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Uric acid in-hospital changes predict mortality in patients with acute myocardial infarction

G Lazaros, D Tsiachris, K Aznaouridis, C Vlachopoulos, C Tsioufis, C Chrysohoou, A Patialiakas, C Masoura, C Stefanadis
Nutrition, Metabolism, and Cardiovascular Diseases: NMCD 2013, 23 (12): 1202-9
23791297

BACKGROUND AND AIMS: The prognostic impact of admission uric acid (UA) levels in patients with acute myocardial infarction (AMI) is controversial. We assessed the prognostic role of in-hospital UA changes in patients with AMI.

METHODS AND RESULTS: We studied 375 consecutive patients (320 males, mean age 62.6 years) with AMI (232 with ST elevation MI) within 12 h of symptoms' onset. UA levels were daily measured throughout hospitalization and their admission and peak values were recorded. End-points were 30-day and 1-year mortality. Mortality rate at 30 days was 7.2% and at 1 year 10.9%. Patients who died within 30 days exhibited higher peak UA (10.24 mg/dl vs. 7.06 mg/dl, p < 0.001) and absolute UA elevation (1.7 mg/dl vs. 0.7 mg/dl, p < 0.001). Optimal values for predicting 30-day mortality were 9.65 mg/dl for peak UA and 2.35 mg/dl for UA elevation. Concerning 1-year mortality, deceased patients had higher peak UA levels (9.71 mg/dl vs. 7 mg/dl, p < 0.001) and absolute UA elevation (1.5 mg/dl vs. 0.6 mg/dl, p < 0.001). Optimal values for predicting 1-year mortality were 9.55 mg/dl for peak UA and 1.1 mg/dl for UA elevation. With Cox regression analysis peak UA (adjHR 1.157, p = 0.030) and UA elevation (adjHR 1.288, p = 0.009) were independent predictors of 30-day mortality. Similarly, peak UA levels (adjHR 1.204, p = 0.001) and UA elevation (adjHR 1.213, p = 0.001) predicted 1-year mortality.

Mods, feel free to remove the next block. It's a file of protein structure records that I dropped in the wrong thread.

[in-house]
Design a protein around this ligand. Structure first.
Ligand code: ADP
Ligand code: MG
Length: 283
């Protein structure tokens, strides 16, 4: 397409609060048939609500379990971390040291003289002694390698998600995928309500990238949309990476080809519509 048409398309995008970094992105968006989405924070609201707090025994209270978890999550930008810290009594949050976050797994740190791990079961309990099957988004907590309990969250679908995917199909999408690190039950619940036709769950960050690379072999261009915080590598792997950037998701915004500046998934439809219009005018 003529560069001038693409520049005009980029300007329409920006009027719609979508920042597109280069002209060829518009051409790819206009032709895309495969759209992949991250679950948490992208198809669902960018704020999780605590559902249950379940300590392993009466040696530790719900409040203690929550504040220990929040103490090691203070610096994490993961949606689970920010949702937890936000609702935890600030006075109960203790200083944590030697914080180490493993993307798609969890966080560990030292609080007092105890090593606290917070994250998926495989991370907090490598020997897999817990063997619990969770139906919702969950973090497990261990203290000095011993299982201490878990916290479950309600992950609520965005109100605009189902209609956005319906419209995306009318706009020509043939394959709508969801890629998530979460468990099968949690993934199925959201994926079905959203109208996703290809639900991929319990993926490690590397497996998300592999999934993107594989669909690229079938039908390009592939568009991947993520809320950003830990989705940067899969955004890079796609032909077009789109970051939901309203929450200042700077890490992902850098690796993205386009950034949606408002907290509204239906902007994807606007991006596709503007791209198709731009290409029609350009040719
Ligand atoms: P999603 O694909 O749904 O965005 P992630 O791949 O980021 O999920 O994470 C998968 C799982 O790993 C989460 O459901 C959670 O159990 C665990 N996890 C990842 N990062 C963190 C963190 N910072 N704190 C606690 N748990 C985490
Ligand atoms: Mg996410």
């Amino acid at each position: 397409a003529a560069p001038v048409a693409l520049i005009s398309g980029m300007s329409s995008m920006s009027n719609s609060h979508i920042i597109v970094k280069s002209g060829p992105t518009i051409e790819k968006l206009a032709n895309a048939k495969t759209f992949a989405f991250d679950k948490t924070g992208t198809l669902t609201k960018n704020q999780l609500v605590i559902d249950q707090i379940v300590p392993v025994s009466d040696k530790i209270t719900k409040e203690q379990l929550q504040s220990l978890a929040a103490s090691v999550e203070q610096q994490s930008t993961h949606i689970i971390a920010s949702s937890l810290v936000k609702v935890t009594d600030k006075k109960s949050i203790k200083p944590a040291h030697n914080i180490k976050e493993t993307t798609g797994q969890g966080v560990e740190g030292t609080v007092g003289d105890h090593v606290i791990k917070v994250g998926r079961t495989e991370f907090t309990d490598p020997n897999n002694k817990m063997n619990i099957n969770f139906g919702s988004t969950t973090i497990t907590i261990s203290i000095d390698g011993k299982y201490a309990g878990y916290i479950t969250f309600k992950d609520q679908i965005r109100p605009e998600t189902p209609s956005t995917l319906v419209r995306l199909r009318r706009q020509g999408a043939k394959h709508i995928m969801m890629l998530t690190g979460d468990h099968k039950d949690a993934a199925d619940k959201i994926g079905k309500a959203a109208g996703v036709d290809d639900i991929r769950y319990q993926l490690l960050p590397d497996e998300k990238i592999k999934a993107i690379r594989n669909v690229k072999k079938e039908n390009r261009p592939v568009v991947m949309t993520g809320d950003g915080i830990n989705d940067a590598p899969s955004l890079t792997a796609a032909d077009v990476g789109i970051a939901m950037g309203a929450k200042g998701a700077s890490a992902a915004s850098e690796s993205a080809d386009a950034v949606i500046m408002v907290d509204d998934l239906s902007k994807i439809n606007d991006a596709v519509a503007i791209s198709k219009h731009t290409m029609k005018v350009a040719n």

CONCLUSIONS: In patients with AMI peak rather than admission UA levels, and absolute in-hospital UA elevation predict both 30-day and 1-year mortality. Serial in-hospital UA measurements add prognostic information in AMI patients.

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